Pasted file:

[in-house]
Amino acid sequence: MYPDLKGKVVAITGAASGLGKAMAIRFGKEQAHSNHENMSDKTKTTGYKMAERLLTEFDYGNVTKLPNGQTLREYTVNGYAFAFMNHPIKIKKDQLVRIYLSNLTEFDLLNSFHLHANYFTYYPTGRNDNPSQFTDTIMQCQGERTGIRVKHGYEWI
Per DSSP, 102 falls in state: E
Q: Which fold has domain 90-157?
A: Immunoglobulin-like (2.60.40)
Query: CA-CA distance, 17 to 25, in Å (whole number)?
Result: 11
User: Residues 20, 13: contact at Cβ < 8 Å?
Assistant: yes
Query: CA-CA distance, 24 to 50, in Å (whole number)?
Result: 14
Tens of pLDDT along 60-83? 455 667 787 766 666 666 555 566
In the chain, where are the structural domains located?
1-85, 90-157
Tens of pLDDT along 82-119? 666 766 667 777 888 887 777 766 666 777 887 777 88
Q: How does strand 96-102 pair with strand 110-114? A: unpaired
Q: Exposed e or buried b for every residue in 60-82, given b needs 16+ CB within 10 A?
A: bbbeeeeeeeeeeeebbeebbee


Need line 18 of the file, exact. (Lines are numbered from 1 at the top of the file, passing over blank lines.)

A: bbbeeeeeeeeeeeebbeebbee